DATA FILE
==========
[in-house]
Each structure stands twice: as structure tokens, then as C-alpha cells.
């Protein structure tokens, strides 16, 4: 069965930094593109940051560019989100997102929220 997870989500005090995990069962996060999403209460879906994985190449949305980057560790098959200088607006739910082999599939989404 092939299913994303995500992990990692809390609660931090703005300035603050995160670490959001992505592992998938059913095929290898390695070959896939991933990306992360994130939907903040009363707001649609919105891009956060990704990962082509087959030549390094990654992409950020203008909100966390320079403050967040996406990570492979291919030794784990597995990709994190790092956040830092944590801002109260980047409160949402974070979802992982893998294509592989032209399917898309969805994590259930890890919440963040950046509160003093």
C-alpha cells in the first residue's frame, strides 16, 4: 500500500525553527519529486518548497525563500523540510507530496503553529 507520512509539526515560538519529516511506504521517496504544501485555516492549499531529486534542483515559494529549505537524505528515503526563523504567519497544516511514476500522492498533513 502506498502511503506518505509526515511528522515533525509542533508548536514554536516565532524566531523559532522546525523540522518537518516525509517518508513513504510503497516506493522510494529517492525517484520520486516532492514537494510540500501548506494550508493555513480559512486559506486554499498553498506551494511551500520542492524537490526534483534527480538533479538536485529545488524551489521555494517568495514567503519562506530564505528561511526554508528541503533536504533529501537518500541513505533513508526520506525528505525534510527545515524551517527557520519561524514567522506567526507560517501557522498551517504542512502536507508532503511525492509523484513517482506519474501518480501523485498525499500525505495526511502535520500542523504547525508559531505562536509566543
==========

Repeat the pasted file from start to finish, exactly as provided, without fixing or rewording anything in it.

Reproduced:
[in-house]
Each structure stands twice: as structure tokens, then as C-alpha cells.
């Protein structure tokens, strides 16, 4: 069965930094593109940051560019989100997102929220 997870989500005090995990069962996060999403209460879906994985190449949305980057560790098959200088607006739910082999599939989404 092939299913994303995500992990990692809390609660931090703005300035603050995160670490959001992505592992998938059913095929290898390695070959896939991933990306992360994130939907903040009363707001649609919105891009956060990704990962082509087959030549390094990654992409950020203008909100966390320079403050967040996406990570492979291919030794784990597995990709994190790092956040830092944590801002109260980047409160949402974070979802992982893998294509592989032209399917898309969805994590259930890890919440963040950046509160003093």
C-alpha cells in the first residue's frame, strides 16, 4: 500500500525553527519529486518548497525563500523540510507530496503553529 507520512509539526515560538519529516511506504521517496504544501485555516492549499531529486534542483515559494529549505537524505528515503526563523504567519497544516511514476500522492498533513 502506498502511503506518505509526515511528522515533525509542533508548536514554536516565532524566531523559532522546525523540522518537518516525509517518508513513504510503497516506493522510494529517492525517484520520486516532492514537494510540500501548506494550508493555513480559512486559506486554499498553498506551494511551500520542492524537490526534483534527480538533479538536485529545488524551489521555494517568495514567503519562506530564505528561511526554508528541503533536504533529501537518500541513505533513508526520506525528505525534510527545515524551517527557520519561524514567522506567526507560517501557522498551517504542512502536507508532503511525492509523484513517482506519474501518480501523485498525499500525505495526511502535520500542523504547525508559531505562536509566543